CLEAR OUT. Reduce your tick exposure by clearing out areas where lawn and tree debris gathers. Ticks thrive in moist, shady areas and tend to die in sunny, dry areas. Locate compost piles away from play areas or high traffic areas. Separate paths or play areas with wood chips or gravel. Don’t position playground equipment, decks and patios near treed areas. Cameron also recommends rubber mulch under playground sets and faux turf for smaller areas that take a lot of wear.
CLEAN. Eliminate leaf litter and brush by cleaning it up around the house and lawn edges, mow tall grasses and keep your lawn short. “Keeping your yard clean means more than just a spring and fall clean up,” Cameron said. “Before you mow, take a walk around your house and yard to determine what needs to be fixed, cut or thrown away.”
CHOOSE PLANTS. If you have deer in your area, you likely have ticks. Select plants and shrubs that are not attractive to deer and/or install physical barriers to keep deer out of your yard. Cameron recommends bellflower, corydalis and big root geraniums, but check with your local nursery to determine the best choices for your area.
CHECK HIDING PLACES. Know tick hiding places and check them frequently. Fences, brick walls and patio retaining walls are popular hiding places. Rake, and keep yard trash and plants at least 12 inches away from the fences, walls and foundations.
CARE FOR FAMILY PETS. Family pets can suffer from Lyme and other tick-borne diseases and also carry infected ticks into the home. Talk to your veterinarian about using tick collars and sprays. As with all pest control products, be sure to follow directions carefully. “If you personally wouldn’t spend time in your yard due to ticks, then please, don’t send your pets out there. Be sure to check your dog each time they are in the yard, so ticks don’t make their way into the house,” Cameron added.
CALL THE PROS. “With more than 30,000 new cases of Lyme disease diagnosed annually, consider professional help to ensure your yard is tick-free,” Cameron said. Pros utilize both barrier sprays that can kill live ticks on the spot as well as “tick tubes.” Strategically placed, “tick tubes” prompt field mice to incorporate tick-killing material in their bedding, effectively eliminating hundreds of tick nymphs found in each mouse nest.
About Mosquito Squad
With more than 200 franchise locations nationwide, Mosquito Squad specializes in eliminating mosquitoes and ticks from outdoor living spaces, allowing Americans to enjoy their yards, outdoor living spaces, special events and green spaces. The Squad has been a proud supporter of Malaria No More since 2011. For more information, visit www.MosquitoSquad.com and www.OutdoorLivingBrands.com.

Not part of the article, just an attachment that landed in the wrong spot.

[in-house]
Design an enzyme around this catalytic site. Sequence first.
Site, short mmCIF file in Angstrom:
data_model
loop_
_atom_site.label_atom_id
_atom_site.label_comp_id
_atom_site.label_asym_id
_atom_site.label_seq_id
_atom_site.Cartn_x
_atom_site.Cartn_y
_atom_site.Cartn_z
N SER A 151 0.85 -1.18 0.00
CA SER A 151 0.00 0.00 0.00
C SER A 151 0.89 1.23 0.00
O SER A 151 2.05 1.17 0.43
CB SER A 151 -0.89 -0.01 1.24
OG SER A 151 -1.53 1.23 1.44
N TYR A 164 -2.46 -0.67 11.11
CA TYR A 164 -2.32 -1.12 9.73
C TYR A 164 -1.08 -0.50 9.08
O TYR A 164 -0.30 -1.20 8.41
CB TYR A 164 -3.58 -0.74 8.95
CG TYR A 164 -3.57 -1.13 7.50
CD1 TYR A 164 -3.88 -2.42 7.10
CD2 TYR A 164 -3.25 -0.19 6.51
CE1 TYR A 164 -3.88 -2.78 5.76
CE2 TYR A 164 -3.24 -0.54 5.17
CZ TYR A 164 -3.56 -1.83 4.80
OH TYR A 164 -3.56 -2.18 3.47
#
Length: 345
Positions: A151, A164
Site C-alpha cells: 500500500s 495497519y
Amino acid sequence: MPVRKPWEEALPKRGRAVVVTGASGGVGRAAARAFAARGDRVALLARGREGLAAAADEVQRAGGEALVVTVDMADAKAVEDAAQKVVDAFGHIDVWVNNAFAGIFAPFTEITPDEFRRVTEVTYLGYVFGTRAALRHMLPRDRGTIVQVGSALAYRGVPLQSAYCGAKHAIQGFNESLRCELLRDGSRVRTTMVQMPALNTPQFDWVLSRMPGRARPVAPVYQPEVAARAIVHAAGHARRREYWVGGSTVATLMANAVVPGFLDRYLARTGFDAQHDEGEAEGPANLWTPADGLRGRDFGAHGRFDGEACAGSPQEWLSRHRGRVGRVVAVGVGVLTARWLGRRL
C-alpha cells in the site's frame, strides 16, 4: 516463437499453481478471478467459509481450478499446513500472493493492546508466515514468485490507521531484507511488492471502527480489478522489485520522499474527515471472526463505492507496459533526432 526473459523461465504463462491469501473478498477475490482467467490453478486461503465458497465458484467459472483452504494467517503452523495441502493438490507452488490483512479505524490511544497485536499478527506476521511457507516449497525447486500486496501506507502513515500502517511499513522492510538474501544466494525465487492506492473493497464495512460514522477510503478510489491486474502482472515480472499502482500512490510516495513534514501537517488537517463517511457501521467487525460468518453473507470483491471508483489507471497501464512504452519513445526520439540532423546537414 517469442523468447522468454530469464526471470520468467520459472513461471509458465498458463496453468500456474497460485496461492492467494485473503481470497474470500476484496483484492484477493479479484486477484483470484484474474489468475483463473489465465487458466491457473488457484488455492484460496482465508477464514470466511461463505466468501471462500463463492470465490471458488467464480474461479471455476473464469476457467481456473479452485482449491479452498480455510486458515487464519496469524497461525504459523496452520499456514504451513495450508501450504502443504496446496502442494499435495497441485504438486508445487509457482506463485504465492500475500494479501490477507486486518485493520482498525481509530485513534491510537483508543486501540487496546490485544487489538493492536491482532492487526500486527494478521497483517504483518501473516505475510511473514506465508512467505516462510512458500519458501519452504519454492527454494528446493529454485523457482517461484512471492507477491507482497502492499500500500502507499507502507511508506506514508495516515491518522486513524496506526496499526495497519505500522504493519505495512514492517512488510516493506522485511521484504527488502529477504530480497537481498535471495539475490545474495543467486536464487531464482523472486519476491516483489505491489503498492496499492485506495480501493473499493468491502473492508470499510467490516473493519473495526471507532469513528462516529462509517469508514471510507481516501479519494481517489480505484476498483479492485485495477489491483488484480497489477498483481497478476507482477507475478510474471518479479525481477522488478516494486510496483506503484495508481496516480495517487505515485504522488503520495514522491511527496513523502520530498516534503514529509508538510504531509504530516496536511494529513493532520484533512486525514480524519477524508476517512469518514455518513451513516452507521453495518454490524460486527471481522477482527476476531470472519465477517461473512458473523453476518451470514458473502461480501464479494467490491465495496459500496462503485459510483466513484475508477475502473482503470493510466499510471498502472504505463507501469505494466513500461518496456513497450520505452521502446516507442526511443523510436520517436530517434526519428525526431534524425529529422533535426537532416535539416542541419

It is true, once the temperatures drop below 60 degrees, mosquitoes become lethargic and they typically aren’t a threat anymore. But that doesn’t mean other insects still can’t pose a threat, especially ticks, fleas and spiders. In the southern states it doesn’t stay very cold for very long, so as long as tick can find a host to feed from or a warm location to hide, the adult ticks will still be a threat even when temperatures hover around 45 degrees. Adult fleas will also stay active throughout most or all of the winter season. Only sustained cold (less than 30 degrees) and low humidity levels will kill off outdoor eggs, larvae, and adult fleas. Spiders also are eating and starting to transition from outdoor insects to indoor insects, where they can find water and warmth.
So what does this mean for you?
It means the Mosquito Squad will still be available to help you rid your yard of ticks, fleas and spiders, into the Holidays and starting next year into early spring. We can offer you competitive rates, including neighborhood discounts for a few of your friends or neighbors. Also check out our website on tips to help keep your yard tick free. https://www.mosquitosquad.com/bugs-disease/ticks/
Please call us if you have any concerns or would like to talk to us about our fall tick, flea and spider services.